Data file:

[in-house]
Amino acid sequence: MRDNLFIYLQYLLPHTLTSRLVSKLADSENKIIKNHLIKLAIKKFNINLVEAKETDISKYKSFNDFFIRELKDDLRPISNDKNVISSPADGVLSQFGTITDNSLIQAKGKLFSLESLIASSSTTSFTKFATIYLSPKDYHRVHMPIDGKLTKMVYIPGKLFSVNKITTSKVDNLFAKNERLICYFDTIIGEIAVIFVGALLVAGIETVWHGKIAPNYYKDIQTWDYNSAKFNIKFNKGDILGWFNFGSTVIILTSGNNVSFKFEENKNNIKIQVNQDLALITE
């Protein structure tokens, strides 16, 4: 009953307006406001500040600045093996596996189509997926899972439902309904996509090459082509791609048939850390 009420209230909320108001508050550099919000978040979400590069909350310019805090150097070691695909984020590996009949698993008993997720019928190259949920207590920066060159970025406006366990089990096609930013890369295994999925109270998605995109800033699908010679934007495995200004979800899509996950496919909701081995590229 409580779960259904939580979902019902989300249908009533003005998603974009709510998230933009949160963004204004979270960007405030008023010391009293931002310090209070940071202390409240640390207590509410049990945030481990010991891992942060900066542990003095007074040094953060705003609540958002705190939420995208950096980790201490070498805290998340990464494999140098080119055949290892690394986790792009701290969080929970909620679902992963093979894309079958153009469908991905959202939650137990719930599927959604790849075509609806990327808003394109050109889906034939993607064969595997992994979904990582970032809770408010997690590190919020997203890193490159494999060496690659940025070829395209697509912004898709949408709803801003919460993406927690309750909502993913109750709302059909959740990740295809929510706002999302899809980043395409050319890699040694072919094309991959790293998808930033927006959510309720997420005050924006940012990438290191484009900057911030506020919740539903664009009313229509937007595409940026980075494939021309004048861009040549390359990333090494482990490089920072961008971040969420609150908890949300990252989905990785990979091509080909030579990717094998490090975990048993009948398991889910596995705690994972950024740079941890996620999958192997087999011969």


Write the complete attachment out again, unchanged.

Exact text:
[in-house]
Amino acid sequence: MRDNLFIYLQYLLPHTLTSRLVSKLADSENKIIKNHLIKLAIKKFNINLVEAKETDISKYKSFNDFFIRELKDDLRPISNDKNVISSPADGVLSQFGTITDNSLIQAKGKLFSLESLIASSSTTSFTKFATIYLSPKDYHRVHMPIDGKLTKMVYIPGKLFSVNKITTSKVDNLFAKNERLICYFDTIIGEIAVIFVGALLVAGIETVWHGKIAPNYYKDIQTWDYNSAKFNIKFNKGDILGWFNFGSTVIILTSGNNVSFKFEENKNNIKIQVNQDLALITE
């Protein structure tokens, strides 16, 4: 009953307006406001500040600045093996596996189509997926899972439902309904996509090459082509791609048939850390 009420209230909320108001508050550099919000978040979400590069909350310019805090150097070691695909984020590996009949698993008993997720019928190259949920207590920066060159970025406006366990089990096609930013890369295994999925109270998605995109800033699908010679934007495995200004979800899509996950496919909701081995590229 409580779960259904939580979902019902989300249908009533003005998603974009709510998230933009949160963004204004979270960007405030008023010391009293931002310090209070940071202390409240640390207590509410049990945030481990010991891992942060900066542990003095007074040094953060705003609540958002705190939420995208950096980790201490070498805290998340990464494999140098080119055949290892690394986790792009701290969080929970909620679902992963093979894309079958153009469908991905959202939650137990719930599927959604790849075509609806990327808003394109050109889906034939993607064969595997992994979904990582970032809770408010997690590190919020997203890193490159494999060496690659940025070829395209697509912004898709949408709803801003919460993406927690309750909502993913109750709302059909959740990740295809929510706002999302899809980043395409050319890699040694072919094309991959790293998808930033927006959510309720997420005050924006940012990438290191484009900057911030506020919740539903664009009313229509937007595409940026980075494939021309004048861009040549390359990333090494482990490089920072961008971040969420609150908890949300990252989905990785990979091509080909030579990717094998490090975990048993009948398991889910596995705690994972950024740079941890996620999958192997087999011969």